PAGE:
Rookie Hype

Rookies tend to be overhyped immediately following the draft, and as we get closer to the season, people are finally starting to get scared, and hedge a bit on the rookies. This is seen in the ADP’s of both the rookies themselves, and the veterans behind them. Samaje Perine, has seen his ADP drop from 88 to 100, while Rob Kelley’ ADP has risen the same amount of spots from 130 to 118. I expect this trend to continue, but ultimately neither of them interests me in what should be a messy situation in that backfield. Alvin Kamara has fallen from 128 to 146, and while I still love the player, this was bound to happen when you are stuck behind Mark Ingram and Adrian Peterson.

Higher drafted rookies like Mixon and McCaffrey have only seen slight movements in ADP, but the veterans behind them have risen to hedge the risk. Stewart has seen his ADP jump from 143 to 121. Bernard has jumped from 161 to 143, and Hill from 176 to 163. While these veterans probably were too low, I am still not buying into them. Their upside seems almost non-existent behind talented rookies, and upside is what I aim for in the later rounds of drafts.

The Value of Handcuffs

One of the toughest draft values to evaluate is the handcuff for a starter you know is going to miss time to start the year. It’s not fun drafting a guy with a built in expiration date, but the truth is that they have value, and people are starting to catch on. Jacquizz Rodgers was barely being drafted in the top 200 players in June (193). I hope you grabbed him at that screaming bargain, because he has jumped to an ADP of 133 in August, and that’s an area I am still willing to take him with the assumption that he will be a weekly starter for the first few weeks while Doug Martin is out, and a valuable handcuff afterward.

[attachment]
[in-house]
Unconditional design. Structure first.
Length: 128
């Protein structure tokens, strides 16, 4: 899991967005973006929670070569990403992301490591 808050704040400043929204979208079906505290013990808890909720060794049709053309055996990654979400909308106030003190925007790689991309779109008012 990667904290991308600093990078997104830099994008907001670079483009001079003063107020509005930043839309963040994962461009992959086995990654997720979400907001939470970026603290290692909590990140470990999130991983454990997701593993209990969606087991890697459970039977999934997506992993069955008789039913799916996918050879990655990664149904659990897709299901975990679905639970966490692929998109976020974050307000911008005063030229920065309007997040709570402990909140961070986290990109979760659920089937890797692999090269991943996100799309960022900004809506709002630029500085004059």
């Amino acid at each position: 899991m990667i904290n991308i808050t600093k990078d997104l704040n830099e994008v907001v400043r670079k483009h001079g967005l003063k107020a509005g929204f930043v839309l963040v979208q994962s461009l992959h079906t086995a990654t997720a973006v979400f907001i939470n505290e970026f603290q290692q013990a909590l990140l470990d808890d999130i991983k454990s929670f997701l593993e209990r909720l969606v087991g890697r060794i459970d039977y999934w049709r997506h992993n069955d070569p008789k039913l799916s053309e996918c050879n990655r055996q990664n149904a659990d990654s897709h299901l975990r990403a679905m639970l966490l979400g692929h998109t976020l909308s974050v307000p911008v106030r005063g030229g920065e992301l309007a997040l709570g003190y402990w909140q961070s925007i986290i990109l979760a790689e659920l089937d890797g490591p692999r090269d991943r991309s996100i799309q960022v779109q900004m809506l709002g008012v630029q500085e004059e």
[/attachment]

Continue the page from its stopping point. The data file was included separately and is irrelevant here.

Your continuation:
In June, before suspension rumors began to swirl regarding Ezekiel Elliot, McFadden was quite literally going undrafted with an ADP of 226. In August, that has already jumped to an ADP of 173. With the news coming out about Elliot missing 6 games, that number is about to be almost cut in half. While he probably won’t be a true workhorse, he is still in a great situation behind a great offensive line.

Duke Johnson

There is one running back that has seen a big jump in ADP who doesn’t fit neatly in a category, but can be classified as the 2017 camp hype guy. All the coaches and players are talking him up, saying he can be and will be used in so many ways, and his ADP rise is reflecting that praise. That player this year is Duke Johnson. Generally, this ADP jump is the one I try to completely avoid, because camp hype means literally nothing. But the thing is, I already had Duke Johnson around this value before this entire thing started happening. He is a PPR asset as a guy who could catch 60 balls, and see 100 carries behind a good offensive line. That being said, if his ADP continues to rise, I am out.


There will be a lot of players whose ADP will fall or rise drastically in the next few weeks. Just remember this…No player is a different talent 3 weeks from now despite, how many flashy plays he makes against 2nd stringers or how many compliments he receives from his coaches. The only thing that should change your view on a player is a clear jump in opportunity from injuries ahead of them, or a different portion of first team reps than you previously expected.